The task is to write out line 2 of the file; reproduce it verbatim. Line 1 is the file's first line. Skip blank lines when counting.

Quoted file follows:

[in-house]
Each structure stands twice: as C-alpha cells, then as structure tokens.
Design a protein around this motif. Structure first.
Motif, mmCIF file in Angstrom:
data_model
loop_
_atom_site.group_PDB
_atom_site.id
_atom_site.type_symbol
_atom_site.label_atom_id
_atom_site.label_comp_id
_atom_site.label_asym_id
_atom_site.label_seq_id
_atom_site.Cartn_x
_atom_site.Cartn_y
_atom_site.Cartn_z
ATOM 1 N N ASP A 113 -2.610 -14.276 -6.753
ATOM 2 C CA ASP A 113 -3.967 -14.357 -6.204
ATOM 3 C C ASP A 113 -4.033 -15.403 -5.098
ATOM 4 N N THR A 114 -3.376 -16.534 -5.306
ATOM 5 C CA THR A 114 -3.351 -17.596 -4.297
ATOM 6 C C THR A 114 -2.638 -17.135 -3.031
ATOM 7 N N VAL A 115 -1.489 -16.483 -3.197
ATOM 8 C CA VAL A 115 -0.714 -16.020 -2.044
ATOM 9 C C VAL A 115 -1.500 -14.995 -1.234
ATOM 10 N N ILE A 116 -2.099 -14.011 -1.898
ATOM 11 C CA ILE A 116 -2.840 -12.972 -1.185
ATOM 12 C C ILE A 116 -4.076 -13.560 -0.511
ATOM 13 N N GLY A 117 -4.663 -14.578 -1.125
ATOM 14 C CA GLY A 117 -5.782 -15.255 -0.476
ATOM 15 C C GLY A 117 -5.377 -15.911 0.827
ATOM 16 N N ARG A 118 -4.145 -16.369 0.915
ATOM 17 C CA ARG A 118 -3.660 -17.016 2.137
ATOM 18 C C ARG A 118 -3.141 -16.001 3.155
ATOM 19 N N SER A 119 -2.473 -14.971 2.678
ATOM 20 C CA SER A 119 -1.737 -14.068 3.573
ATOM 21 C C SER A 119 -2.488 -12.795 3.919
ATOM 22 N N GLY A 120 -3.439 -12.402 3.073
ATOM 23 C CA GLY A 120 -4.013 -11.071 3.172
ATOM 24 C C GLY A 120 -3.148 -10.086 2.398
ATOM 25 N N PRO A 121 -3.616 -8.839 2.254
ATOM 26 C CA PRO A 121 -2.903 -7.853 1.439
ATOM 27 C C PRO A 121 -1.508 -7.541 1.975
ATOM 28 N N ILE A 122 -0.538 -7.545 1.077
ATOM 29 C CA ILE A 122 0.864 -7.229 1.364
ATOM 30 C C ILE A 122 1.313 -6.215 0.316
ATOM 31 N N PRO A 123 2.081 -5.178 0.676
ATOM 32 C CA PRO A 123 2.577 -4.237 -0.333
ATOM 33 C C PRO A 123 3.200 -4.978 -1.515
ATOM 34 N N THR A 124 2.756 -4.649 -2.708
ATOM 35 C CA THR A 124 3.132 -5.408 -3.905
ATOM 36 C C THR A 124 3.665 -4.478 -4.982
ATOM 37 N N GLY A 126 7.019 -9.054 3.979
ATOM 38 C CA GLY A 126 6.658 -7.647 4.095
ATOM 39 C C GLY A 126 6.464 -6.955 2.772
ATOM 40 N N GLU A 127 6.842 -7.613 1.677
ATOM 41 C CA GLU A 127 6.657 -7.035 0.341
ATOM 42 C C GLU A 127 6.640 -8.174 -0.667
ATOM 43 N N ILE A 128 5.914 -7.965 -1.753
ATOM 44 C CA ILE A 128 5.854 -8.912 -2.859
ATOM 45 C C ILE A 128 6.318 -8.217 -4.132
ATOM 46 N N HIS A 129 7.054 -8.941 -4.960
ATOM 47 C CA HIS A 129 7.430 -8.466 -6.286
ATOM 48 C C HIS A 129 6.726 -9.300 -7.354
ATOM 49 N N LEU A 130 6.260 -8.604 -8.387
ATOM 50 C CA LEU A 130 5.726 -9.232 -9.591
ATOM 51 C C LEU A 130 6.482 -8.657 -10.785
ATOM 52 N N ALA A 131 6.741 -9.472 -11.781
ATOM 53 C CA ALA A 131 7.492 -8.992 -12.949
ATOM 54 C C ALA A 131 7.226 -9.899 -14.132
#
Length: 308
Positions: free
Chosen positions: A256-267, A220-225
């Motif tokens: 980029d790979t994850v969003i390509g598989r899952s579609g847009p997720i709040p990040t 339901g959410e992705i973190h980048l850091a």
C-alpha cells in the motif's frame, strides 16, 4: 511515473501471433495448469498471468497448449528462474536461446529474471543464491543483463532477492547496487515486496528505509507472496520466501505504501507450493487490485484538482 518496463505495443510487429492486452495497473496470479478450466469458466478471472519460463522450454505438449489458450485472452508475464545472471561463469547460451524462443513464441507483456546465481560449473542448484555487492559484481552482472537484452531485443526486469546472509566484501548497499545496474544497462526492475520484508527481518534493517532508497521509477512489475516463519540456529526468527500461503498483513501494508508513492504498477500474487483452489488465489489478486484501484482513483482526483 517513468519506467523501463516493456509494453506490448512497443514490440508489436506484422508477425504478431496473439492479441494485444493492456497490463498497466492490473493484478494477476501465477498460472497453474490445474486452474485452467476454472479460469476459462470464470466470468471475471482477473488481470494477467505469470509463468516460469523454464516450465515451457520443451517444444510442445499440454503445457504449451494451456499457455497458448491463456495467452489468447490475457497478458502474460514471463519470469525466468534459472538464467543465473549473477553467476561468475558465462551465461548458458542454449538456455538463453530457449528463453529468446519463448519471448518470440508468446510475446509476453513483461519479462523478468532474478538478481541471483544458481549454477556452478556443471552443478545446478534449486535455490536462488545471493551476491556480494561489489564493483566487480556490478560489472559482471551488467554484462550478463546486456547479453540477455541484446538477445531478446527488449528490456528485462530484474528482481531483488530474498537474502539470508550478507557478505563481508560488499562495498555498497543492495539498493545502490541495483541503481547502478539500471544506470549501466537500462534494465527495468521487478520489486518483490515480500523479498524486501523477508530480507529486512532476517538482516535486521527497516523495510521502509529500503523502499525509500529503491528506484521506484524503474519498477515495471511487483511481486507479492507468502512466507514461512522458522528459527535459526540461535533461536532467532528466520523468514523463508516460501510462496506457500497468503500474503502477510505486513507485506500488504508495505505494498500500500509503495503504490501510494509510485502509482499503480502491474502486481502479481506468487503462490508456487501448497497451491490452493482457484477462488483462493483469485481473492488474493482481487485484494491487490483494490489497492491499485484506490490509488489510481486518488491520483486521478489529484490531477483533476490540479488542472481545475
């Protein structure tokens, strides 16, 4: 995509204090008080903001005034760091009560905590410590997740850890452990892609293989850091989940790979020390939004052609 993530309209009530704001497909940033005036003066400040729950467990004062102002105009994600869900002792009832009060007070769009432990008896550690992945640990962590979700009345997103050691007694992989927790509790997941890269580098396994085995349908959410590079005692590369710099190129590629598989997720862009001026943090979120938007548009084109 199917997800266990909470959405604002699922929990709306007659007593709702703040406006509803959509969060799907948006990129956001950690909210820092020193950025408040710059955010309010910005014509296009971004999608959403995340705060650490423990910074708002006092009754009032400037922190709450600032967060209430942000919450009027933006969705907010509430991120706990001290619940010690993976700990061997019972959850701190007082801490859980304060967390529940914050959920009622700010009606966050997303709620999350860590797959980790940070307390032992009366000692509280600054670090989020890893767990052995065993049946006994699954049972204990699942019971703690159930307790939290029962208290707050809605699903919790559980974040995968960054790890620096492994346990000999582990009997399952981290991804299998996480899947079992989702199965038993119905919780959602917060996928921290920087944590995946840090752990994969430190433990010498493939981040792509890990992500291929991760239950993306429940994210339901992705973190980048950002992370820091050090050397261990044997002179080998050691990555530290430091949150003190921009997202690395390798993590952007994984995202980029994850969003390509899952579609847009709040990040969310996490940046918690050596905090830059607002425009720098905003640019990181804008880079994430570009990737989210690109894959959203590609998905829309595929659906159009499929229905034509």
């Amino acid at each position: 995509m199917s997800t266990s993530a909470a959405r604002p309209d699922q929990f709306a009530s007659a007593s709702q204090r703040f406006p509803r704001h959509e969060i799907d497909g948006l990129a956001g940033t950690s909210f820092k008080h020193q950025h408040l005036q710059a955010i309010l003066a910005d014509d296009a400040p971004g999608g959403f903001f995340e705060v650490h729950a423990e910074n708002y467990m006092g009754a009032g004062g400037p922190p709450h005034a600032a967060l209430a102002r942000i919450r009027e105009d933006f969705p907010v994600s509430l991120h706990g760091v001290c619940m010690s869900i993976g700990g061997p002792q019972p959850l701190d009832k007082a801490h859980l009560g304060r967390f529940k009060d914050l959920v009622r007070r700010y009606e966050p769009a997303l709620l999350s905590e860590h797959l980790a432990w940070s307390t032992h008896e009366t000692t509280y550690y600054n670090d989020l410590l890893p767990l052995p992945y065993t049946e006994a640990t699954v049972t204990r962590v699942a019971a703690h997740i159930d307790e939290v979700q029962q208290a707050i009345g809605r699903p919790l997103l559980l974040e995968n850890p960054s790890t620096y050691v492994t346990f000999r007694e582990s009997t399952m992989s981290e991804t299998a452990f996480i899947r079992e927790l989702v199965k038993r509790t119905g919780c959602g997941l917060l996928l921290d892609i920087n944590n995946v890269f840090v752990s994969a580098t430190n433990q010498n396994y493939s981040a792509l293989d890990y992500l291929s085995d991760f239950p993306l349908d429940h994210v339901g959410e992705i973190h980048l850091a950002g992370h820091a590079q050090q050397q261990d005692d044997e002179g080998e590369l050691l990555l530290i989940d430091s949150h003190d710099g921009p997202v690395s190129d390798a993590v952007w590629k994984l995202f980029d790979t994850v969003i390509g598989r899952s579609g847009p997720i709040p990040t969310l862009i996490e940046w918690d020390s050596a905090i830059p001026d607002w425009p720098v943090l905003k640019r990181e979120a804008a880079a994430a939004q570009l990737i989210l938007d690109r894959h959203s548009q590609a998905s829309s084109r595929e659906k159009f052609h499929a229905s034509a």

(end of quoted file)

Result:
Each structure stands twice: as C-alpha cells, then as structure tokens.